At the outset, we agree with the lower court that, "[w]ithout belaboring it, it seems apparent that [Dr. Getman's] special exception would be permissible under the 1948 ordinance but is not permissible under the 1977 ordinance." Getman v. Northampton Township Zoning Hearing Board, 34 Bucks 20, 21 (1979). Thus, the Board erred in deciding that Dr. Getman was not entitled to a special exception under the 1948 zoning ordinance. This error, however, is of no moment because, for the reasons given hereafter, different from those given by the court below,*fn1 we hold that the 1977 zoning ordinance governed Dr. Getman's application for a special exception. Since Dr. Getman concedes that he is not entitled to a special exception under the 1977 ordinance, his application for special exception was properly refused.

Section 508(4) of the MPC provides in pertinent part that

[w]hen an application for approval of a plat, whether preliminary or final, has been approved or approved subject to conditions acceptable to the applicant, no subsequent change or amendment in zoning, subdivision or other

[ 58 Pa. Commw. Page 540]

    governing ordinance or plan shall be applied to affect adversely the right of the applicant to commence and to complete any part of the approved development in accordance with the terms of such approval within three years from such approval.

Section 107(1) of the MPC, 53 P.S. ยง 10107(1) defines an applicant as a "landowner or developer . . . who has filed an application for development including his heirs, successors and assigns." Hence Section 508(4) renders changes in a zoning ordinance which adversely affect the right of the applicant "to commence and complete any part of the approved development" ineffective for three years from approval. See, e.g., In Re Appeal by Mark-Garner Associates, Inc., 50 Pa. Commonwealth Ct. 354, 413 A.2d 1142 (1980); Bensalem Township Appeal, 47 Pa. Commonwealth Ct. 334, 408 A.2d 550 (1979); Ridgeview Associates v. Supervisors of Lower Paxton Township, 17 Pa. Commonwealth Ct. 459, 333 A.2d 249 (1975). The right protected is that of commencing and completing the development and the person protected is the applicant for development and his heirs, successors and assigns. Dr. Getman and, therefore, his application for a special exception are not within the protection afforded an applicant for subdivision approval under Section 508(4). There is nothing in the record demonstrating that the change in the home occupation regulation adversely affected the right to commence or complete the development. Nor is Dr. Getman as the purchaser of a lot in the development the successor or assignee of the rights of the developer to commence and complete the project. Only one who has acquired those rights (and obligations) is the successor or assignee of the application.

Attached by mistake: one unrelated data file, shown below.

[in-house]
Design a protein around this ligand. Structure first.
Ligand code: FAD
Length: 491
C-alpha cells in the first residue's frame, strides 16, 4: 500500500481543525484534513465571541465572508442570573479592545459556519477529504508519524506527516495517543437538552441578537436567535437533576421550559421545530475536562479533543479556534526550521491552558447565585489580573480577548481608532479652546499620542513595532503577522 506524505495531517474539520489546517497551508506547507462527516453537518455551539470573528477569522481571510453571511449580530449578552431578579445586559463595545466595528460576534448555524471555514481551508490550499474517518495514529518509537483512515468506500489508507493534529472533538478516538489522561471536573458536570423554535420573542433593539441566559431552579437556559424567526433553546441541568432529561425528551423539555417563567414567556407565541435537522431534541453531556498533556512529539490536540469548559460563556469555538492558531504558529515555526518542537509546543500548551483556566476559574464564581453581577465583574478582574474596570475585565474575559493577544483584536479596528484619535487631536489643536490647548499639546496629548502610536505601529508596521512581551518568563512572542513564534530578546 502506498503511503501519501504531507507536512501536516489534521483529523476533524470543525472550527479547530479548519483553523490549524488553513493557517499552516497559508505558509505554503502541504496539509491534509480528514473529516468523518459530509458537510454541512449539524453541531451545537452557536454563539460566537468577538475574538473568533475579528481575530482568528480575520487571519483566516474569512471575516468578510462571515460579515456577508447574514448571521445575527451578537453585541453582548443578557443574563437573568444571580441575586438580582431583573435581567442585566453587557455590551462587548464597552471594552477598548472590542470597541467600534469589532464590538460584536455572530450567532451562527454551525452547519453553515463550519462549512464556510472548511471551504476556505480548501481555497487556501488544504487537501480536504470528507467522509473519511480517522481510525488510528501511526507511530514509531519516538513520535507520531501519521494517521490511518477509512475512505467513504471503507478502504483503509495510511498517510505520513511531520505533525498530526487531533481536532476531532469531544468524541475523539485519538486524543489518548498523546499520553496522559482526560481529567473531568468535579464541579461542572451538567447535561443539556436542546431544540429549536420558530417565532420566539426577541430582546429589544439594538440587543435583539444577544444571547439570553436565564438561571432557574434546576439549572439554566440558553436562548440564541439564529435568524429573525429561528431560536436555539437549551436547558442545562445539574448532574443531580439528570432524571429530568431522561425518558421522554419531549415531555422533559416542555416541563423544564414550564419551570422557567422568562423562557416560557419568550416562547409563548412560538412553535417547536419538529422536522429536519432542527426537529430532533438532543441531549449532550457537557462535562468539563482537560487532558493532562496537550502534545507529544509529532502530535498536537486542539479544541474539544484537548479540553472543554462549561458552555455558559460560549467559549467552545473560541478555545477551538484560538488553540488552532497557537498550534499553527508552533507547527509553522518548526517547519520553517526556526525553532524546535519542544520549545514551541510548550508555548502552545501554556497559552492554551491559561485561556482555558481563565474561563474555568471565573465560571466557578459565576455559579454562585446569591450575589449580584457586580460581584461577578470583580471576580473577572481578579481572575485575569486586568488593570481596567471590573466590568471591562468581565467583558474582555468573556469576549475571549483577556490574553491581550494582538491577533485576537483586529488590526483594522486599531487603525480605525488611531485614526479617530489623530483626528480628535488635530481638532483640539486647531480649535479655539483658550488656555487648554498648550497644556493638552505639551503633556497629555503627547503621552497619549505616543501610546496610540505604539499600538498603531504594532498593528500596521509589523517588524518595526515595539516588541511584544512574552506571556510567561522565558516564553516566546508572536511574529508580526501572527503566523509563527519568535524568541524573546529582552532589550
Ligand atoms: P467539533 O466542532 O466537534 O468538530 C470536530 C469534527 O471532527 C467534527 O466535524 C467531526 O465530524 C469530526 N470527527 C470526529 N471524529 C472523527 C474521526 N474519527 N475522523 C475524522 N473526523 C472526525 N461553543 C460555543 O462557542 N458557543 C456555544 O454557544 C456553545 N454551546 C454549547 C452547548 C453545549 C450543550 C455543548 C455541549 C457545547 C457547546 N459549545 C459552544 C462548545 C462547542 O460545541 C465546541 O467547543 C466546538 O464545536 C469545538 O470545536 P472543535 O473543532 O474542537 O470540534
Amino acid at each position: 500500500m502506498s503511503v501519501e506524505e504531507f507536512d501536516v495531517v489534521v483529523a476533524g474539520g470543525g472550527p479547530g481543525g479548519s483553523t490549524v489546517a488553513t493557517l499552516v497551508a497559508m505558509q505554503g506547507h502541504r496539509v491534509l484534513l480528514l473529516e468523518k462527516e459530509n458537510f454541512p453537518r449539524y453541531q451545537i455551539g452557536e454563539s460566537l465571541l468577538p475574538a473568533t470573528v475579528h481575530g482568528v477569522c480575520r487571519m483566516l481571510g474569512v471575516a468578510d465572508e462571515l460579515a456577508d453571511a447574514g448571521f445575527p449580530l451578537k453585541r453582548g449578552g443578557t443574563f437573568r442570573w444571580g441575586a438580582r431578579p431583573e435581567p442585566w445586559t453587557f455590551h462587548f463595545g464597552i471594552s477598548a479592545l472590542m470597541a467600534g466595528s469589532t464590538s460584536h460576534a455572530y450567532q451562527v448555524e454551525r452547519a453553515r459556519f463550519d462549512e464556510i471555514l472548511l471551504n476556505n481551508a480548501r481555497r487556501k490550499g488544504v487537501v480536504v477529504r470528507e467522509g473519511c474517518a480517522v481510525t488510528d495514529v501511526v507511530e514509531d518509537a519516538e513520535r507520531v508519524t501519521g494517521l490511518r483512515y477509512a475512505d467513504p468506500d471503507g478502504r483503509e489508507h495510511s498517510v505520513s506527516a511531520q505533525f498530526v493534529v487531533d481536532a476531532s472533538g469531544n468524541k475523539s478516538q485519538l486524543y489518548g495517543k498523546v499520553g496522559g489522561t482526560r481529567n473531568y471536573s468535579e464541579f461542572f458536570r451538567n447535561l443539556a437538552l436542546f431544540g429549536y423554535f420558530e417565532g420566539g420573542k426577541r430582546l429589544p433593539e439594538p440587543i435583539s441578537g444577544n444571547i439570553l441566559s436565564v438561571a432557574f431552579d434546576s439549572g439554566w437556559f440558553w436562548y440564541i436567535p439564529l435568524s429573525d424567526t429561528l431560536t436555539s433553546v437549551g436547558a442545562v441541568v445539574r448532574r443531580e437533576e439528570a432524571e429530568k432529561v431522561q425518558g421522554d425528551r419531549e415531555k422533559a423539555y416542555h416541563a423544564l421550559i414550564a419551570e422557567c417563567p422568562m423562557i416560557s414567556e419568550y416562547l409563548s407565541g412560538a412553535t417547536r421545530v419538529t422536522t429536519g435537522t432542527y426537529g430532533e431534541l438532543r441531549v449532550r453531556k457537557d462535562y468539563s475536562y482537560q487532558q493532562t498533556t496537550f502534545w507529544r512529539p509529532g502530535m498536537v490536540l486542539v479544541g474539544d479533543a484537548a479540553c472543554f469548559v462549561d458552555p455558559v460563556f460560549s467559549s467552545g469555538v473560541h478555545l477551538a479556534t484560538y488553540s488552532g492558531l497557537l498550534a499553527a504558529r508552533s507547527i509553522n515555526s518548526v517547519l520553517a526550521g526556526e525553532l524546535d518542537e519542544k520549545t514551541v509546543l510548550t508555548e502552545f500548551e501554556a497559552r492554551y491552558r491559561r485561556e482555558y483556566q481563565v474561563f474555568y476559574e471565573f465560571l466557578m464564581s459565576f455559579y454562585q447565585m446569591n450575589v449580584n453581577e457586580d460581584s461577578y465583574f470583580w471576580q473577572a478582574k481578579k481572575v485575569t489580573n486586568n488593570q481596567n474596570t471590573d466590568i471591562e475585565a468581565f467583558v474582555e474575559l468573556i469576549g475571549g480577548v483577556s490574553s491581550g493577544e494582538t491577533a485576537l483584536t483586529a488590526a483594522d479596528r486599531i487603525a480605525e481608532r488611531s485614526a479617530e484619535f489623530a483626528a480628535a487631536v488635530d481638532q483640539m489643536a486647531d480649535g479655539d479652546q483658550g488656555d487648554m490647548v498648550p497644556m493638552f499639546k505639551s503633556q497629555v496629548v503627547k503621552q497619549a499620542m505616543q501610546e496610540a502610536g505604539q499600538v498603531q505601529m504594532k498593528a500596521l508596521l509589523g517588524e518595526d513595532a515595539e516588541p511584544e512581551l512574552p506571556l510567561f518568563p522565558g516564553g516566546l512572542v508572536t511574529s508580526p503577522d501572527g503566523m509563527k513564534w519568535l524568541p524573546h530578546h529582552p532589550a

Order affirmed.

[ 58 Pa. Commw. Page 541]

Order

And Now, this 15th day of April, 1981, the order of the Common Pleas Court of Bucks County made November 8, 1979, is affirmed.

Judge Wilkinson did not participate in the decision in this case.

Disposition

Affirmed.